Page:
xoros Yeah is more complicated... Ill try my best to describe how it works (as a developer i can write pretty complicated/convoluted code)
So to start out what I do is call functions simultaneously on all devices. I sync instructions not objects. Take a look at the Player event "Keyboard LeftArrow" You will notice i call two functions. One of them calls a function "MoveLeft" to move the player on my screen using a simulated action. You will notice the "MoveLeft" function takes a peerid as the parameter. This is so the function will for work any player (as you will see this is the same function each client will call as well using the the peerid they receive).
The other function I call "Sync_MoveLeft". This is where the magic happens. "Sync_MoveLeft" packages up the function name "MoveLeft" and a peerid (which is my id since im the one that called it and loads them to a dictionary and then sends the dictionary AsJSON to all peers. Each peer receives the JSON string and loads it back into a dictionary on their end. They read the function name they are supposed to call and the parameters (peerid) they should pass to it and call that same "MoveLeft" function for me on there screen. All clients call the same function. pretty neat...
But I found that the signalling just wasn't quite fast enough and the player would stutter a bit while moving. This where extrapolation comes in. What did was a create method for telling the peers to persist the function call on there end. You will notice in the Sync_MoveLeft function I also package up a persist value of 1. On the peers end they see this persist value and load the dictionary for constant use on their end. So every tick they will now call the move left command with the same peerid even if i don't send another. Poof! the player moves smoothly now.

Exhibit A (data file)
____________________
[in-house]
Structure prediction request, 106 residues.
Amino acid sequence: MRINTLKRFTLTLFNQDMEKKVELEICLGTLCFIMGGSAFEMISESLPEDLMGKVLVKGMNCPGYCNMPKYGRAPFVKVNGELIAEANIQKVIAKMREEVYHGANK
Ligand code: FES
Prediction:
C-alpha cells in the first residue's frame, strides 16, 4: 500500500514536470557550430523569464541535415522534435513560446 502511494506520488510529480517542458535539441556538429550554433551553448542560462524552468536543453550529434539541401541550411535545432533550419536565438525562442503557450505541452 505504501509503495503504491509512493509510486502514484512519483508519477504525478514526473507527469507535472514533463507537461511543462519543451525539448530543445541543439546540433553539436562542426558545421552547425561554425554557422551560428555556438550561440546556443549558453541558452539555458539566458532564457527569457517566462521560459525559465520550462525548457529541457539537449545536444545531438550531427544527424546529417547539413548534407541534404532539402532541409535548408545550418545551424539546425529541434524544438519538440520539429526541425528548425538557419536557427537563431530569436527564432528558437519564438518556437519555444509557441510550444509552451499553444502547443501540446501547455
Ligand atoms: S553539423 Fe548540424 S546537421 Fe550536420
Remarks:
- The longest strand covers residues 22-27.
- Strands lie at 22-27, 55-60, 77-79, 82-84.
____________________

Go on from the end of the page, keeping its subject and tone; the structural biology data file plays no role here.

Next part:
But now the player will move left to infinity so I need a way to tell it to clear that persisted action. So in the "Sync_MoveLeft" I also package up a persist tag (action tag really) with a key name "move" and the peerid of the player (more than one player could be calling move left at the same time). So what each peer does is when the see a persist value of 1 they check the perstsTag and if a persistTag already exists is clears it. So MoveLeft is persisted until MoveRight is called or stop is called. Bingo.. solid movement and precision control. If i call the same function twice thats not big deal because the persits tag will match and just keep using the same function anyway.
Last just to account account for any potential lag I send a set position command every 30 ticks while I'm moving to ensure player objects don't drift to far out of sync while performing persisted actions.
And that in a nutshell is how it works. Theres a bit more in there but I think if you follow the code along with the comments it should make more sense over time. Its just nice to know that you can achieve smooth movement you just have to do some of the heavy lifting you self and write some extra code.